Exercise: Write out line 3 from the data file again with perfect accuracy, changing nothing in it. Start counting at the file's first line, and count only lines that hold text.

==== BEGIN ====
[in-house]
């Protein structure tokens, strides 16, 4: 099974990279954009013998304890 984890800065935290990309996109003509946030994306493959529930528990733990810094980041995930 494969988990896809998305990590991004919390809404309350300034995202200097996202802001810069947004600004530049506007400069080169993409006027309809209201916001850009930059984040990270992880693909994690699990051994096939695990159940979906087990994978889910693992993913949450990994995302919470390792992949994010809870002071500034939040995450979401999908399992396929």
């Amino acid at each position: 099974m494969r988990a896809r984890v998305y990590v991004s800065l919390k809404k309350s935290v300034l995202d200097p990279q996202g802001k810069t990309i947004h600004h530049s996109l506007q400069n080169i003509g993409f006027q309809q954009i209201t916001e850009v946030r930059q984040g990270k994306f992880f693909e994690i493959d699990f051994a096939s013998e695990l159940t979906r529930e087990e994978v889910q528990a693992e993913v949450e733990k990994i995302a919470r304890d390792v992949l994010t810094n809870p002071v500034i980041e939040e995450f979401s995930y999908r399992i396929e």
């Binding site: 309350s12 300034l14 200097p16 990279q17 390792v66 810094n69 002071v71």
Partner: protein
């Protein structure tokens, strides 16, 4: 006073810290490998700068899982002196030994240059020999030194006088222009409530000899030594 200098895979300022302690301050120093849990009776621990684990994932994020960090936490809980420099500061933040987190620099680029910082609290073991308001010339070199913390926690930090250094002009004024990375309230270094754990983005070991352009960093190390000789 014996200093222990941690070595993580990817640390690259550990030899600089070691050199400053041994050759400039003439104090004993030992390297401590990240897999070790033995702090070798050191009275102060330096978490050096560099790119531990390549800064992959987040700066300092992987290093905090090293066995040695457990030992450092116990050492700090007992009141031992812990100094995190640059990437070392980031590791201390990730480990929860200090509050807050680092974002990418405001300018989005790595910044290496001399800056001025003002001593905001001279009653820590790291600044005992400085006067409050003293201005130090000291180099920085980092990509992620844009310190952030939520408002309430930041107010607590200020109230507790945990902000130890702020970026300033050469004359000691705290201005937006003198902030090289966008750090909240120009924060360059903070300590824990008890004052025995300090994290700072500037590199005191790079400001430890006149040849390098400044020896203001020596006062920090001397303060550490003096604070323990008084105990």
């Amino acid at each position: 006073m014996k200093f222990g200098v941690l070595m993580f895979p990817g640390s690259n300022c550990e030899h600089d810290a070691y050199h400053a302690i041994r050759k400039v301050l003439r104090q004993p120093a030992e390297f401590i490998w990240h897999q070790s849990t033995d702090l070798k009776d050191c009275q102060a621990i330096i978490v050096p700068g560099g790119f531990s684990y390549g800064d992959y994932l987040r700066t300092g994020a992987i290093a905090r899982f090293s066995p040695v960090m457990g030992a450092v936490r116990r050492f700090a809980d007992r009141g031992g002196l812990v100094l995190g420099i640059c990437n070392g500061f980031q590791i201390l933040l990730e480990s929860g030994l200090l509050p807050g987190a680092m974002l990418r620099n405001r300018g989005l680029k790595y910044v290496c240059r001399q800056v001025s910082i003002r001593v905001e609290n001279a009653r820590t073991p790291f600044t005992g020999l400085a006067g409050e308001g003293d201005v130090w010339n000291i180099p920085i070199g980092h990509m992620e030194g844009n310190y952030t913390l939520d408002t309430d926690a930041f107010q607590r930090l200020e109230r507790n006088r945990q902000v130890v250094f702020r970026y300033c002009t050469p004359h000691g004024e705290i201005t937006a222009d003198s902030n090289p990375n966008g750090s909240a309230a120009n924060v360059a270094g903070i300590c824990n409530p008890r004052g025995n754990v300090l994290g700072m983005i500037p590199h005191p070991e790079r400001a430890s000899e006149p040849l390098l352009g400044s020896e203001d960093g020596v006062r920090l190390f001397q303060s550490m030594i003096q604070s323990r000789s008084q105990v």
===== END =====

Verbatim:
């Amino acid at each position: 099974m494969r988990a896809r984890v998305y990590v991004s800065l919390k809404k309350s935290v300034l995202d200097p990279q996202g802001k810069t990309i947004h600004h530049s996109l506007q400069n080169i003509g993409f006027q309809q954009i209201t916001e850009v946030r930059q984040g990270k994306f992880f693909e994690i493959d699990f051994a096939s013998e695990l159940t979906r529930e087990e994978v889910q528990a693992e993913v949450e733990k990994i995302a919470r304890d390792v992949l994010t810094n809870p002071v500034i980041e939040e995450f979401s995930y999908r399992i396929e």